Feinstein Bill a Great Step Forward for the Illusion of Civil Rights

Lowering the Bar:

Obama wasn't entirely happy with the bill. In a "signing statement" - something else he opposed when he was running for president - he said he was signing it "despite having serious reservations with certain provisions that regulate the detention, interrogation, and prosecution of suspected terrorists." Aha - he DOES care about our rights, is something you might say if you then stopped reading. [...]

In other words, his "reservations" stem from concerns that the bill may infringe on his own authority, not because he cares whether you rot in jail without a trial. That's consistent with the revelation that the White House actually insisted there not be an exception for citizens, back when the NDAA was oozing through Congress. So, that's super. [...]

Feinstein has introduced a bill, the "Due Process Guarantee Act of 2011" - and here I had been thinking due process was already guaranteed - that would amend the NDAA to say that

An authorization to use military force, a declaration of war, or any similar authority shall not authorize the detention without charge or trial of a citizen or lawful permanent resident of the United States apprehended in the United States, unless an Act of Congress expressly authorizes such detention.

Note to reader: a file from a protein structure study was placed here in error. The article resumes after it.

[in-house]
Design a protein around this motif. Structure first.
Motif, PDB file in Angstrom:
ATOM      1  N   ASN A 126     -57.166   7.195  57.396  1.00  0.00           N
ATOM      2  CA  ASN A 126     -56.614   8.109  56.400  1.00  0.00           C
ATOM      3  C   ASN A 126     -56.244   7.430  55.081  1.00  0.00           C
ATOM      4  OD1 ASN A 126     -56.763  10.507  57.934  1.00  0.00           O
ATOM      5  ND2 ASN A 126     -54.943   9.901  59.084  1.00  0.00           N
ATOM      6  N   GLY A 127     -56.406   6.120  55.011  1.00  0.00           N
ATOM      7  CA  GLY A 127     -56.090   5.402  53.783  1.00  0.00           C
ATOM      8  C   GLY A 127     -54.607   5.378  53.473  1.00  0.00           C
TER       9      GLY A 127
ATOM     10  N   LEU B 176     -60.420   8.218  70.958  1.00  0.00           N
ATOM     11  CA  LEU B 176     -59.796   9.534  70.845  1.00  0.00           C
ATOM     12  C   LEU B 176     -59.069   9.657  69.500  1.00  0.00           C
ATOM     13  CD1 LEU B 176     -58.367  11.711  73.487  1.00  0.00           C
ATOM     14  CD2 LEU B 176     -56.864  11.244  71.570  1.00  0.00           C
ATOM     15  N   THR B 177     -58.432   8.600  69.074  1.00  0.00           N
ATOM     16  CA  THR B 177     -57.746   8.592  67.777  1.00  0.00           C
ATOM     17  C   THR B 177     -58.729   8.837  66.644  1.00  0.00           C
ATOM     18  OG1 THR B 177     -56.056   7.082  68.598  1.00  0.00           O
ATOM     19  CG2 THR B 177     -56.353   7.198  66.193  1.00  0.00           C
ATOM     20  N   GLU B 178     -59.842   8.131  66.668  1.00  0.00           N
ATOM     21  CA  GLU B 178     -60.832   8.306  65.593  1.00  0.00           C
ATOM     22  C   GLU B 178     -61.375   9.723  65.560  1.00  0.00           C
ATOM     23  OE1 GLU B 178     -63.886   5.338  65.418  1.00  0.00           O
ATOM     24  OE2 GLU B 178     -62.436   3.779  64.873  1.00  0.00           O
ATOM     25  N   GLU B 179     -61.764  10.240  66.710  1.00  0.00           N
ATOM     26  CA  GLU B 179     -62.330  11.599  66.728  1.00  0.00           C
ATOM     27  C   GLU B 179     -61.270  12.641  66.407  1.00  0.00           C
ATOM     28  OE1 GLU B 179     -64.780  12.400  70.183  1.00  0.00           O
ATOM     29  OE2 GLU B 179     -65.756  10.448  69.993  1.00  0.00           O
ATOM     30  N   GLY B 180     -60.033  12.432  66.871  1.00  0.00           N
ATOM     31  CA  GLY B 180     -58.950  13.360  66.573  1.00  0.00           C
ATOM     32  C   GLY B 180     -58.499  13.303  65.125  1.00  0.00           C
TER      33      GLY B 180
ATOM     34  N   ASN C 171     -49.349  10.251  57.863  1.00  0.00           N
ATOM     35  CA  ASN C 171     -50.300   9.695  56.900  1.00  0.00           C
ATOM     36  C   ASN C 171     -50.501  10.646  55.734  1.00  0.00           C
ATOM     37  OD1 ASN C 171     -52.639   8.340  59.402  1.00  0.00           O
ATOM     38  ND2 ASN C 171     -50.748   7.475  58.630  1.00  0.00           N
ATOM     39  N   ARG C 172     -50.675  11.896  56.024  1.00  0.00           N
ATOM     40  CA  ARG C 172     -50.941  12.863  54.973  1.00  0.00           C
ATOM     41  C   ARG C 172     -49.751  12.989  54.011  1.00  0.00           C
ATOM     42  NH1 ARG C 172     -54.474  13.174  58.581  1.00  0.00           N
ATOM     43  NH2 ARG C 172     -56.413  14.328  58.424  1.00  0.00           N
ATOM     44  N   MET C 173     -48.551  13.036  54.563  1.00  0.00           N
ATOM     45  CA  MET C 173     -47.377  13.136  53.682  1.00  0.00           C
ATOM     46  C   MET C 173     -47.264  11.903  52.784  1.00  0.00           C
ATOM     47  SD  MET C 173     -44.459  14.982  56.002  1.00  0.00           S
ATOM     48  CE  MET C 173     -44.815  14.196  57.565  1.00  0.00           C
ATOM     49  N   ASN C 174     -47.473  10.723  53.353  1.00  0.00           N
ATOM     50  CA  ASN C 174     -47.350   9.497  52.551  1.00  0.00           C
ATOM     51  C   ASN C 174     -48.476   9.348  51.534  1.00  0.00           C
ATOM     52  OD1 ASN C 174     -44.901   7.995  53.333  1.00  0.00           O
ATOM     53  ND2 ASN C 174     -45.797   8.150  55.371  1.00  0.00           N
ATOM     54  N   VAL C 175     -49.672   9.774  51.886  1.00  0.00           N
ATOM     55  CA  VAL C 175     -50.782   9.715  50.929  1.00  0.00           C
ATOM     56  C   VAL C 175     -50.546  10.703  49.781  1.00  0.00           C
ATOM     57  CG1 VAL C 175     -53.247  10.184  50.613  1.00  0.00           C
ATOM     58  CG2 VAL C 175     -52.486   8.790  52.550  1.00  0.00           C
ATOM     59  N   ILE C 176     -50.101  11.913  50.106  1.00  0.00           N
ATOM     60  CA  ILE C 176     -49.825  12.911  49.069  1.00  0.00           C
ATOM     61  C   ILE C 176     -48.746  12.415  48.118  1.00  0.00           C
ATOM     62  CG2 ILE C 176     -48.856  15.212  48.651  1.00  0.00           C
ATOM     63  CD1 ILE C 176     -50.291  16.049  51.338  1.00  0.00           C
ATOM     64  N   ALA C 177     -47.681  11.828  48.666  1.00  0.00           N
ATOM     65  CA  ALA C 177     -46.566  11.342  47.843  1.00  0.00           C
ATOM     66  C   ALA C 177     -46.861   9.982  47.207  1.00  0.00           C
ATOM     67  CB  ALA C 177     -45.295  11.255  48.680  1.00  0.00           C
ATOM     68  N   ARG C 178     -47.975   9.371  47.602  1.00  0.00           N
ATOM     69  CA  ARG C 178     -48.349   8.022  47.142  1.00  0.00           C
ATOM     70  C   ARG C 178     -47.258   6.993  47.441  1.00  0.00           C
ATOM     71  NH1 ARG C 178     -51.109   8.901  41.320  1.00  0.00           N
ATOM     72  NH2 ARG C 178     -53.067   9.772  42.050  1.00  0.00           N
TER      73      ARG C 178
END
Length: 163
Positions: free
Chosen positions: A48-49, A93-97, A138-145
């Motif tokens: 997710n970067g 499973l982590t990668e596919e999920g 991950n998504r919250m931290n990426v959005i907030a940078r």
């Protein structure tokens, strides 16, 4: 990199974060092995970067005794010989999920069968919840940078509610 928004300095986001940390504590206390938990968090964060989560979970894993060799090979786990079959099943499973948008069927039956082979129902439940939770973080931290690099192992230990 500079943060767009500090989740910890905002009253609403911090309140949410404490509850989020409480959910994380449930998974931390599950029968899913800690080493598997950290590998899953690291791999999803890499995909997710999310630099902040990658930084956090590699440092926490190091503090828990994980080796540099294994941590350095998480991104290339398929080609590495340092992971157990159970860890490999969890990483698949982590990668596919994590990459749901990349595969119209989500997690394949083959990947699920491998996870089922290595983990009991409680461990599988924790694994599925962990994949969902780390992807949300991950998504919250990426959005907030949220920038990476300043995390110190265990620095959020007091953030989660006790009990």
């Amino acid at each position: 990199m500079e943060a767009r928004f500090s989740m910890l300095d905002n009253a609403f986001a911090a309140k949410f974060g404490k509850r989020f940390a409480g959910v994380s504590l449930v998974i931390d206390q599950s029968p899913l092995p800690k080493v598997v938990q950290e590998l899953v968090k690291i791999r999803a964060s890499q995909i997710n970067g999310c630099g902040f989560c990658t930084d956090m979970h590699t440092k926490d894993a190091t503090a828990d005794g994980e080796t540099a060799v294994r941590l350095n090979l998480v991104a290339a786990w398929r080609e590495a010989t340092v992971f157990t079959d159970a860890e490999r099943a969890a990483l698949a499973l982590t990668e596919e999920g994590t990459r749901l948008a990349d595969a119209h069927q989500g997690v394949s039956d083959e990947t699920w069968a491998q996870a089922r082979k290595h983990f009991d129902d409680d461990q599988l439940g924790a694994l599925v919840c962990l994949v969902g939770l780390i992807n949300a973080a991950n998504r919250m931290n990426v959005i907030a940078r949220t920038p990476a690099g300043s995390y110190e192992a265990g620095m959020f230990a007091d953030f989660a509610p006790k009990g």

Sounds great! Until you get to that last clause. What's that all about? Well, Feinstein calls it a "'clear-statement rule' that requires Congress to expressly authorize detention authority" when it comes to U.S. citizens. Okay, but, see, that doesn't "guarantee due process" (or Sixth Amendment rights). In fact, it suggests that even Feinstein thinks Congress can just take it away, as long as it clearly says that's what it's doing, instead of sneaking around like it's been doing. So that is not making me feel much better.

I don't think I linked to his previous rant about this, which contained the perfect summary,

I don't want you to think your representatives took a collective dump on the Sixth Amendment without talking it over first, because they did debate a little before voting to end the Republic.
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